While reviewing Mexican traditional cuisine,  as a born and raised Mexican, I came to the conclusion that we use 3 main elements and blend them up to create completely different flavors.  I was surprised to find this, so I decided to figure out why these three ingredients were so essential to our cuisine. I thought I’d share with you why they are part of our legacy. 

First up is corn—not the sweet one you melt butter over at a BBQ, the other one, maize.  The use of this ingredient comes from our Aztec ancestors— Maize was so important that the  Aztecs believed that the gods had actually created humans out of it.  Can you believe it? It’s like creating people out of playdoh. Although the ancient belief is no longer held, the importance of Maize remains, as it is the basis of our cuisine.    No matter where you go if you are in Mexico, this ingredient will show up in one way or another at your table—like tostadas, tamales, and sopes, to name a few! We love it so much, that we actually consume 3 times more maize than Wheat!                                             

(Iturriaga, 2007)

Have you seen any of these iconic dishes?

As you can see the dishes are unlimited as long as you have maize by your side! 

Another element dating back to 8,000 years ago in the Prehispanic cuisine and that got incorporated into our modern-day diet is beans. There exist about 70 different types and in ancestral times, they were given as tribute during fertility rituals.   Beans are crucial to most of our favorite dishes, and they are also a big part of our economy. Mexico is the fourth biggest producer of beans worldwide.  I´m talking about 1 million 294 634 tons per year!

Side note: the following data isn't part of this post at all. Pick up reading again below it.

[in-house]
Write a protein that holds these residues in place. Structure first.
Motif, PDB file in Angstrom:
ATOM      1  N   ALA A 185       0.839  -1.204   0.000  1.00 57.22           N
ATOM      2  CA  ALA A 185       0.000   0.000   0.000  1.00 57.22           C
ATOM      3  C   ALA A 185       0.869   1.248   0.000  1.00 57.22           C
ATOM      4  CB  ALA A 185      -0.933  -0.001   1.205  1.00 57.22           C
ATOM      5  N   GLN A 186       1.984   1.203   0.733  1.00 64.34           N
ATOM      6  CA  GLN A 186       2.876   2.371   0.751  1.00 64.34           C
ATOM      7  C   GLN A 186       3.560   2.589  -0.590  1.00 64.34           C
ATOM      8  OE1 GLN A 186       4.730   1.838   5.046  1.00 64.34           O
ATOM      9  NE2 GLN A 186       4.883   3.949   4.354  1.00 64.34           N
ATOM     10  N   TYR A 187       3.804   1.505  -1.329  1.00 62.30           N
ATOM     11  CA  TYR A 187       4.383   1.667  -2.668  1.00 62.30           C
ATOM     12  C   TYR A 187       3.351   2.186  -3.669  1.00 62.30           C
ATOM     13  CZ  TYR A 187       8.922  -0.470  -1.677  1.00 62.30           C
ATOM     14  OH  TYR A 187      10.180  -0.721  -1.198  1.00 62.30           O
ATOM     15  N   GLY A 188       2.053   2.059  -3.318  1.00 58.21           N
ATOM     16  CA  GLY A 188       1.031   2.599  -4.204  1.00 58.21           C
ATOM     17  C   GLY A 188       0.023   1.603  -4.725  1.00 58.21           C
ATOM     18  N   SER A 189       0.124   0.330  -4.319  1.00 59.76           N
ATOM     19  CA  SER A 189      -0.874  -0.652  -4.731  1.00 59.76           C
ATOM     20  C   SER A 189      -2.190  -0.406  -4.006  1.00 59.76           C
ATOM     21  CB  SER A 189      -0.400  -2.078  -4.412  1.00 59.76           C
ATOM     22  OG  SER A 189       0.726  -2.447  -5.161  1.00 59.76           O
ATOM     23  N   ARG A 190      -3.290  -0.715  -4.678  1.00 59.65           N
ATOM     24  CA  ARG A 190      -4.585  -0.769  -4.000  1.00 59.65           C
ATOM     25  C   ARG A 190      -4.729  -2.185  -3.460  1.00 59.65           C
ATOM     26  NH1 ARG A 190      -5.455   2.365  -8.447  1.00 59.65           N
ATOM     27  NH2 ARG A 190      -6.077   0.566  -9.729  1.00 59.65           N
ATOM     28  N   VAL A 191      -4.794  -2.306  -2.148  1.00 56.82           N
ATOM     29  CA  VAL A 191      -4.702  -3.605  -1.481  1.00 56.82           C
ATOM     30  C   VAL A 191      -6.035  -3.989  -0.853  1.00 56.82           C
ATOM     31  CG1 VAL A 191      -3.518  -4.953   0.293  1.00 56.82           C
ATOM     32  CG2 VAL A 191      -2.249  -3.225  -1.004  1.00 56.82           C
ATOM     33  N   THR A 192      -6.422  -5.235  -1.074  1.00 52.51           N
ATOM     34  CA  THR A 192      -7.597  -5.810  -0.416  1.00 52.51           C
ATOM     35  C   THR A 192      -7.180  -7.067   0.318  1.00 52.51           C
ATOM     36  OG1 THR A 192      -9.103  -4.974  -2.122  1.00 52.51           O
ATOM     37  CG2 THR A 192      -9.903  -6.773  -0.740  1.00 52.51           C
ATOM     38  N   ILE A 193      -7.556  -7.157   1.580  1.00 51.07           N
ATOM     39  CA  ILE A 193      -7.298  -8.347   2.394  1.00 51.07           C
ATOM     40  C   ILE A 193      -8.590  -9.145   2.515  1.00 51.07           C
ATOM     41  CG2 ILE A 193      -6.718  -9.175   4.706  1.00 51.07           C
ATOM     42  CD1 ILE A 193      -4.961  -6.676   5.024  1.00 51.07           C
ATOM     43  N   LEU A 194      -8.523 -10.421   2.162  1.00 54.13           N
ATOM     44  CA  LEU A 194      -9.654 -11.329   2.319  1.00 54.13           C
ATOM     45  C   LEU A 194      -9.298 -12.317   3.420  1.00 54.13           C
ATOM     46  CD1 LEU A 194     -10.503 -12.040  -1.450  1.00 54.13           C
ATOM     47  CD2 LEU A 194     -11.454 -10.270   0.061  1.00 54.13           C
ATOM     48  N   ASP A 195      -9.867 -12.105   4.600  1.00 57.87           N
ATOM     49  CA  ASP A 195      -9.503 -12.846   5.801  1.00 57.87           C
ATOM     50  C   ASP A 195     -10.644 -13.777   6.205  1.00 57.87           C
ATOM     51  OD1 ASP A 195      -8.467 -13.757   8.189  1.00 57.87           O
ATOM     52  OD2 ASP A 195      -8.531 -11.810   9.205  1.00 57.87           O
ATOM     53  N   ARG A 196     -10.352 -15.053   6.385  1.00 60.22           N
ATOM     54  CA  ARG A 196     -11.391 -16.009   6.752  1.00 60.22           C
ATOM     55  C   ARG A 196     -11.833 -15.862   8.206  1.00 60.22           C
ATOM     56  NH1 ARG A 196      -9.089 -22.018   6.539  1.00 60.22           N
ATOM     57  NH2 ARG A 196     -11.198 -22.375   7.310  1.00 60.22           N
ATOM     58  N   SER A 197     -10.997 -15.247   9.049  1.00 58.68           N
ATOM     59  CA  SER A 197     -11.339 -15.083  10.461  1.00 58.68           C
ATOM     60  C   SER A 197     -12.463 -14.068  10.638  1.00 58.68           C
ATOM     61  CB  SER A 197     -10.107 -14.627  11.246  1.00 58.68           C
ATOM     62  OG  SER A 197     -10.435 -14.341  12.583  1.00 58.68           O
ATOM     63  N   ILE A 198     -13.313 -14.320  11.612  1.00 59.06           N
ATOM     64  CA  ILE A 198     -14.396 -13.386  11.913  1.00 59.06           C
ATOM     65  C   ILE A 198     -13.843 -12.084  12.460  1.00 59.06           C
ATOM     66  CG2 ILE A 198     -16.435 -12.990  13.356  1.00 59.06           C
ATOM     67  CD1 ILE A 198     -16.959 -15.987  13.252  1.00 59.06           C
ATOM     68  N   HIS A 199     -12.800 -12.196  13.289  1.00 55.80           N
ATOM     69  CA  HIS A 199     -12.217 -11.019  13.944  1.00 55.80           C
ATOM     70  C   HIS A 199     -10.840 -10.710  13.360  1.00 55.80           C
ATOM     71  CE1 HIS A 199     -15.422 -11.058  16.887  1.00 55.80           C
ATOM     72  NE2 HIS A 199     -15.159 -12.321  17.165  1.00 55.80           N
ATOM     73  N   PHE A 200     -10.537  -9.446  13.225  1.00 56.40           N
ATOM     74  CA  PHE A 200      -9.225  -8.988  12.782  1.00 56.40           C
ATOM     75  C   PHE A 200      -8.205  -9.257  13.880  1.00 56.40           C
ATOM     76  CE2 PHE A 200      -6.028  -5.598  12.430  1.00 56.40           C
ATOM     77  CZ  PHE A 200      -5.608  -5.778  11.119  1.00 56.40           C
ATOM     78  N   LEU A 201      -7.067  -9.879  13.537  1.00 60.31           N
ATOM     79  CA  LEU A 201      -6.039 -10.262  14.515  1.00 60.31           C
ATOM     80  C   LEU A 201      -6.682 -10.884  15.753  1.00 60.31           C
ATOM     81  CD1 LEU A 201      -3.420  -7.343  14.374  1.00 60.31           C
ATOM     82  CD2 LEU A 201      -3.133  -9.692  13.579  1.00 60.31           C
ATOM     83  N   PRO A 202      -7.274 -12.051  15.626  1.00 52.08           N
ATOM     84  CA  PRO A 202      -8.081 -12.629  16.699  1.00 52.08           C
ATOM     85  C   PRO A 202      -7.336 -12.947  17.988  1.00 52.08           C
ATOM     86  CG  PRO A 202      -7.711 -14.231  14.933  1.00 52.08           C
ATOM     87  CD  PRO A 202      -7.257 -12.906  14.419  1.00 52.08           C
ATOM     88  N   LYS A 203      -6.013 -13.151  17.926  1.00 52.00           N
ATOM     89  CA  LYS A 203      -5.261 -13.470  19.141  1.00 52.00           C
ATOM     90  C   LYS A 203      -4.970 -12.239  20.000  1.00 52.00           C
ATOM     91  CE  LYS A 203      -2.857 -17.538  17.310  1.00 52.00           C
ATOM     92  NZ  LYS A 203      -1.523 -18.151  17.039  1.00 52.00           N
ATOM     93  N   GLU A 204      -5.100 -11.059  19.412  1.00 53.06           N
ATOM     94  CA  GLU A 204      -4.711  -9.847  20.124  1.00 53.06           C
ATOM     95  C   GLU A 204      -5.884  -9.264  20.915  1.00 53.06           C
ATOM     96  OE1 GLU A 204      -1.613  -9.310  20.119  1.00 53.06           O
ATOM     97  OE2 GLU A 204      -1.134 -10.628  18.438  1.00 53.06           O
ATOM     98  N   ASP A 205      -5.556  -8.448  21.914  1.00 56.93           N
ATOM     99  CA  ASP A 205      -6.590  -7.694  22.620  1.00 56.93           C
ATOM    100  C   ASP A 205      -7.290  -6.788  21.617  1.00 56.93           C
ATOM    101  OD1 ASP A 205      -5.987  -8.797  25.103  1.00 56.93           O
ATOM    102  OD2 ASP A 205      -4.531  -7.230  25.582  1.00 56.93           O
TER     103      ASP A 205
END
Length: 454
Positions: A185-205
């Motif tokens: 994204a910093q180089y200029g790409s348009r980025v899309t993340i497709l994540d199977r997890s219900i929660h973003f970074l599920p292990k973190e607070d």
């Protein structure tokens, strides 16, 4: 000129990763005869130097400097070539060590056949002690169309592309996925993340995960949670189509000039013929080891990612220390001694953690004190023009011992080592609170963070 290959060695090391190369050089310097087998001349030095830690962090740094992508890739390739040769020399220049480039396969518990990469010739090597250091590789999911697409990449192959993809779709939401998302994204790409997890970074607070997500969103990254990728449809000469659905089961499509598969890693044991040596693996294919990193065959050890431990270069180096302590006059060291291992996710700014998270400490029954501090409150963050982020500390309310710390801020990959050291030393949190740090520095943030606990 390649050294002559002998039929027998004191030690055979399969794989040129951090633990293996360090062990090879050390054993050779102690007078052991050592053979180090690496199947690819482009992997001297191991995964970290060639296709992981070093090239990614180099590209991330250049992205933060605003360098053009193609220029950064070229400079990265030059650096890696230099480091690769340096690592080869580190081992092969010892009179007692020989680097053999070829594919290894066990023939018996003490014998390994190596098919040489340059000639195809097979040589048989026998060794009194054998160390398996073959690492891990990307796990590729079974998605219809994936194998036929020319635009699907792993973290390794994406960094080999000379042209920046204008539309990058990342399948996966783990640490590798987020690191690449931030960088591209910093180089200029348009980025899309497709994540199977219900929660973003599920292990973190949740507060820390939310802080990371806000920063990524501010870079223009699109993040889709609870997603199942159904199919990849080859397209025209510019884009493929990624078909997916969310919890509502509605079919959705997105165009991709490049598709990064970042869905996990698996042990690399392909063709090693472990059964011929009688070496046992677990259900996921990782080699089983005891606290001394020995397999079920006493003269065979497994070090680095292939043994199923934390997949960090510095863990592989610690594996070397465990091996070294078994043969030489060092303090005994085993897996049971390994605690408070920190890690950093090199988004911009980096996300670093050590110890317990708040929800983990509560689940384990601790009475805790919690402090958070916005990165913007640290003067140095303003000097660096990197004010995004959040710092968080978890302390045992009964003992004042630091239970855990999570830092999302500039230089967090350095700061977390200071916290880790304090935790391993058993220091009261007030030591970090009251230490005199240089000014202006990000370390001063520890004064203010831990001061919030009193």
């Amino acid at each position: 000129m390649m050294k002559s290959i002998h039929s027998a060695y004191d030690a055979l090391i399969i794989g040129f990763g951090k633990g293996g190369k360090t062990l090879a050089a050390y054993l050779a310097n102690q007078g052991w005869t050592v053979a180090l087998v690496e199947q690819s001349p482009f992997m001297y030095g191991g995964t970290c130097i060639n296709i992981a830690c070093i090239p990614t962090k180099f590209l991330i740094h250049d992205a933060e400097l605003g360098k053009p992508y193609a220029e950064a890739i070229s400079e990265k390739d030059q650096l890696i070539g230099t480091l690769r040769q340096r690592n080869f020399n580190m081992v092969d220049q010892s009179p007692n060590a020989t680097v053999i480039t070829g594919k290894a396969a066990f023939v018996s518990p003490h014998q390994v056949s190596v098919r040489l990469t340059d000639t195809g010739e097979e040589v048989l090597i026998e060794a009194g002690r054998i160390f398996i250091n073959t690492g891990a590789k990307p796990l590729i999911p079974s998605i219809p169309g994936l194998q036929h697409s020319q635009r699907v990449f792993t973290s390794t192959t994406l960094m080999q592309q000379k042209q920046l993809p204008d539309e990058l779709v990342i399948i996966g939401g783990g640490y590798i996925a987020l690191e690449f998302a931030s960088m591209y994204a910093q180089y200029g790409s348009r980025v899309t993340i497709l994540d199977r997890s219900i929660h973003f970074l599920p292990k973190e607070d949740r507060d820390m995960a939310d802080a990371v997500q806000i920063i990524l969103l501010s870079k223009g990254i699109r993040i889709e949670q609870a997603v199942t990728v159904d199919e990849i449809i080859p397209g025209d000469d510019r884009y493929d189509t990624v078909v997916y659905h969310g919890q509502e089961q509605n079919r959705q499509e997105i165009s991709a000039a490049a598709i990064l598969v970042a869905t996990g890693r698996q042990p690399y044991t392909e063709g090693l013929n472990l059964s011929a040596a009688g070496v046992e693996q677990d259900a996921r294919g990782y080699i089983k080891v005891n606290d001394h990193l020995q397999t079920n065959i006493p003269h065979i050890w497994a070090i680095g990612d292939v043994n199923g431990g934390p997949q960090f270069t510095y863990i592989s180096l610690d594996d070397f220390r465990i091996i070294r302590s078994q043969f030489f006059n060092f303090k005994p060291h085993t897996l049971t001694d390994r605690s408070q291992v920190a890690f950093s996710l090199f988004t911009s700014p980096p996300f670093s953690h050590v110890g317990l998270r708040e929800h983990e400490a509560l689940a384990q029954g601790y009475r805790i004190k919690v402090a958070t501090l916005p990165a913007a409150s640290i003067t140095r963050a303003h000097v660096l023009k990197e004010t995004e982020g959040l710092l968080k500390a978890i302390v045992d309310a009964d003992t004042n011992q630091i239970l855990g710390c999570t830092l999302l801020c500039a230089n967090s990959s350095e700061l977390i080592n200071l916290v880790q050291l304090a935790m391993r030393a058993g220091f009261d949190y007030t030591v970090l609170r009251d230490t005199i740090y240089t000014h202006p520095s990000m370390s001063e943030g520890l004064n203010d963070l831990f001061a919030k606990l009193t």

(Fideicomiso de Riesgo Compartido, 08/09/2017)

Since somewhere between 6900 and  5000 b.C., residents of this land have enjoyed the iconic ingredient that has become the signature of Mexican cuisine: Chili! Jaime Ortega, a recognized engineer who happens to organize the Festival of Chili, Sauce and Molcajete, boasts  that Mexico is recognized worldwide for the wide variety of chili it produces—the different soil and climates in the country are to blame for the diversified assortment.  Although the choices abound,  Jalapeño is still the go-to, making it the most consumed type of chili. If you’re a risk taker, look out for Habanero during your next jaunt, this variety is the spiciest Mexico has to offer. 

You may be wondering why we add the fire-burning-in-your-mouth sensation to 90% of our dishes.  Well, as a matter of fact, the spiciness of the ingredient generates dopamine which only   makes us enjoy it even more. 

Amazingly these three antique ingredients remain the foundation of our modern day cuisine!

(Moreno, 2013)

We are not to be held responsible if after reading this you find yourself craving one of our traditional dishes, but we would love to invite you to discover Mexican cuisine with us during your jaunt. Don´t forget to check out the gastronomy category and add it to your wishlist!


 Iturriaga, J. (2007) Tradiciones. La identidad alimentaria Mexicana como fenómeno cultural, volumen  (14) , pp. 47-49. Retrieved from


Fideicomiso de Riesgo Compartido. (08/09/2017) El frijol, parte de la trilogía de alimento en el México prehispánico. [Blog]Retrieved from

Las lenguas indígenas convierten 2019 en el año de México.(2019).Retrieved from 

Moreno, K. (2013). Chiles y salsas en México. Un sabor a identidad. Retrieved from

Figure 1. Lozano, D. (2020) Elotes. Retrieved from

Figure 2. Pérez, Y.(2018). Sin maíz no hay tortillas; por lo tanto, sin tortillas no hay tostadas. Retrieved from

Figure 3.Shutterstock. (N.D). La historia de los tamales. Retrieved from 

Figure 4. Jinich, P. (N.D) Sopes recetas. Retrieved from

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